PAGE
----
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Paying for the time of care workers fairly
By Christian Brøndum, CEO of staffing software provider Planday
In July of 2018, transformative legislation was enacted that would change the professional lives of care workers. The Court of Appeal overturned employment tribunal rulings that had meant care workers on ‘sleep-in’ shifts were entitled to minimum wage for each hour they were at work, effectively halving the workers salaries and the salaries. Charities and care providers stand to profit from the change, avoiding an estimated £400m back-pay bill, but it has left many of the UK’s essential care workers out of pocket.
What does it mean for care workers?
Lancashire County Council will be the first of the country’s local councils to react to the Court of Appeal’s ruling. The council’s current arrangements mean that shift workers are paid an average of £67 per shift. Following council decisions made in mid-June, those workers are due to earn an average of £45 per shift. These salary cuts are expected to save the council £7 million a year but they offer no further security to shift workers.
At the end of 2018, the care sector’s staff turnover rate stood at 30.7%, climbing by 7.6% since 2013. Employers have been struggling to find, recruit, and retain people with the necessary skills for working in the sector. These can include required and essential skills such as conflict resolution and physical intervention training, but also equally important skills such as teamwork, empathy, and communication. In reflection of the hard work done by the care sector’s workforce and in face of legislation that makes it increasingly difficult for them to work, employers have an obligation to take measures to make their lives easier. Care providers can offer employees more control over their working lives, and in turn encourage them to remain working with them.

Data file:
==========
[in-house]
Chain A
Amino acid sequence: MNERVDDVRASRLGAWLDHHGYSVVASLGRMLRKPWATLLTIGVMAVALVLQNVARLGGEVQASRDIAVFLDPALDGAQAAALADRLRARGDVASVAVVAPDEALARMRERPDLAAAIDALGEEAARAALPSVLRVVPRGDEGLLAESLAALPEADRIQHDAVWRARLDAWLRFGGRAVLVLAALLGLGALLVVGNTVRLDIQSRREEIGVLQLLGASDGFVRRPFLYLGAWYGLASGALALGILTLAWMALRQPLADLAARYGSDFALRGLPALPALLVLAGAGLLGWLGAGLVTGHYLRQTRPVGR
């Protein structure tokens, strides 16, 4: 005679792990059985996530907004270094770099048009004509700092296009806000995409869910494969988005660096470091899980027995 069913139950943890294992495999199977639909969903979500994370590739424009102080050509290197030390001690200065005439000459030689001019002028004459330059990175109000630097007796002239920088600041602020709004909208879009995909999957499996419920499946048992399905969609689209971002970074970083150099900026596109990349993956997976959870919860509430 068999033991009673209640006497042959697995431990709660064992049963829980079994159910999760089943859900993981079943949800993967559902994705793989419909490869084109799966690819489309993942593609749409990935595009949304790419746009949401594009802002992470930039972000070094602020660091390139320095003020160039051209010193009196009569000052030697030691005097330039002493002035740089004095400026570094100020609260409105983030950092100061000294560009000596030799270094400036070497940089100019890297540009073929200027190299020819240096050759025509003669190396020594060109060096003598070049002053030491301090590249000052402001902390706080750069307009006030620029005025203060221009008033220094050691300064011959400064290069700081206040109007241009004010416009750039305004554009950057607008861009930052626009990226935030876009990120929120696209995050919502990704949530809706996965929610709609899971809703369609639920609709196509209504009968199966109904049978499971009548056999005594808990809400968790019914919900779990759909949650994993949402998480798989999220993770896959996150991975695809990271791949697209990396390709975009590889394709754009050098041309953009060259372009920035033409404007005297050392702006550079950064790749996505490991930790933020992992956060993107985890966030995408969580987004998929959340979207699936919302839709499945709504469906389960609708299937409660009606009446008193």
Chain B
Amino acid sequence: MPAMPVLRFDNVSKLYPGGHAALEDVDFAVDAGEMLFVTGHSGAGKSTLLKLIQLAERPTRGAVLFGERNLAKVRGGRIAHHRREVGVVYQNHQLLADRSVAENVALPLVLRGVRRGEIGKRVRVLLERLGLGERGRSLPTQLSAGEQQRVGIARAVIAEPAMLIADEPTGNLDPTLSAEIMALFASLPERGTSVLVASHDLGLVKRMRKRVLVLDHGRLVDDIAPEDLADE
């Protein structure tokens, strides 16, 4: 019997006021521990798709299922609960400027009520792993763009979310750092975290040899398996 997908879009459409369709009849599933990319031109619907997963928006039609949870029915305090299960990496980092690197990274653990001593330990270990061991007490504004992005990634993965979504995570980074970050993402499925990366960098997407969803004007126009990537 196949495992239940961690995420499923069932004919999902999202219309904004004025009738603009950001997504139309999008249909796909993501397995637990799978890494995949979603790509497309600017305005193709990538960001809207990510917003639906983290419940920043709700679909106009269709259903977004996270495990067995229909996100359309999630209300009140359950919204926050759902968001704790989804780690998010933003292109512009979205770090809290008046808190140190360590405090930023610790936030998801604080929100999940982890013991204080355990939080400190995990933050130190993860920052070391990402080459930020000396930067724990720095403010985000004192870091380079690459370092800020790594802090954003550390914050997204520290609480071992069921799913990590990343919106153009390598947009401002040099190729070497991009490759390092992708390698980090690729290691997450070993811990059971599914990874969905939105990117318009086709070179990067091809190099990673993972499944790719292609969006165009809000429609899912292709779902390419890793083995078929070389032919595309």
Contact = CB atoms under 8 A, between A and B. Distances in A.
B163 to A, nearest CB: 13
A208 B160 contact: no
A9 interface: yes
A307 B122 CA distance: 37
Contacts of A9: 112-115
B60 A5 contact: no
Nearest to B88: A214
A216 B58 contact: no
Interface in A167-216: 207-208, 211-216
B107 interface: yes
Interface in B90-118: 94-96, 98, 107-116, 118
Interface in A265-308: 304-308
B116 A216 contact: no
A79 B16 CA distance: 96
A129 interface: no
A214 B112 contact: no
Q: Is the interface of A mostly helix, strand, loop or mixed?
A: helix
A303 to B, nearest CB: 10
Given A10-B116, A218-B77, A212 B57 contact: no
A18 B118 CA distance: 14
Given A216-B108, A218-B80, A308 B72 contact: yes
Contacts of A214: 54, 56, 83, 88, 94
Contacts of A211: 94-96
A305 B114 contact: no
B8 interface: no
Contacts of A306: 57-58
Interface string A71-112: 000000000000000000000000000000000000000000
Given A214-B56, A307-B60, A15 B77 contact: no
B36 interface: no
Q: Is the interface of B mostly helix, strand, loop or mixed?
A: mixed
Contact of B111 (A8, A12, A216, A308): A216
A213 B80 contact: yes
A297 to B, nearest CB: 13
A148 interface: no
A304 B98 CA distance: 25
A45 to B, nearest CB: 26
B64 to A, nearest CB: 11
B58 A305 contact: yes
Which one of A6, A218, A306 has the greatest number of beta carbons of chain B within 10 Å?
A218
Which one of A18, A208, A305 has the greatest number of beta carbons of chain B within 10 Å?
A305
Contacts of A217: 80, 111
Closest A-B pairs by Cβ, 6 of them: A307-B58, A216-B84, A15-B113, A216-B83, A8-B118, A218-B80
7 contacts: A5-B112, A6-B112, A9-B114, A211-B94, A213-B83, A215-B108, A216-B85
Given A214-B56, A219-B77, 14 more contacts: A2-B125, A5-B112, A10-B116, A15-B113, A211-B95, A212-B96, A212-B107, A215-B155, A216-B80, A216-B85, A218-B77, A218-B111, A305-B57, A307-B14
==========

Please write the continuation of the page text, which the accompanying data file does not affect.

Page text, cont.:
Taking back control
With the care sector financially stretched as it is, providers, charities, and other kinds of employer will need to take other steps to improve the lives of their employees. Encouraging and enabling flexibility in their timetables and fostering high levels of communication between their team members and their managers are management decisions that can easily and positively impact the lives of workers, creating a workplace where workers have a much higher level of control over their time.
An increase in flexibility of this kind will discourage residential care workers from opting to work for agencies instead, removing a key factor of employee attrition. Improved communication structures also ensure that employees’ pastoral needs are met in the workplace and additionally allows them more oversight and more say in their schedule, resulting in greater knowledge of how much they stand to earn.
With this in mind, technology can have a transformative effect on the way care homes manage their staff. Cloud-based software has been shown to enable businesses across all sectors to provide online and mobile platforms which place more control in the hands of the employee.
By providing permanent workers with an open platform which can be accessed on the go, employees can more easily communicate with each other, enabling easier swapping of shifts as well as other features of a flexible workplace. This can result in greater staff retention and higher employee satisfaction. Efficiently managing employees’ rotas not only helps to ensure they are not working overtime without being paid, it also means that their pay is recorded correctly and that mistakes can be avoided.
Whilst for a long time, the care sector has invested in technology that takes care of patients, it’s time for employers to invest in technology that takes care of employees. Although Lancashire County Council’s cost-saving realisation of the Court of Appeal’s ruling will indubitably save money, care homes should look to other methods with a more positive effect on employees as a first measure.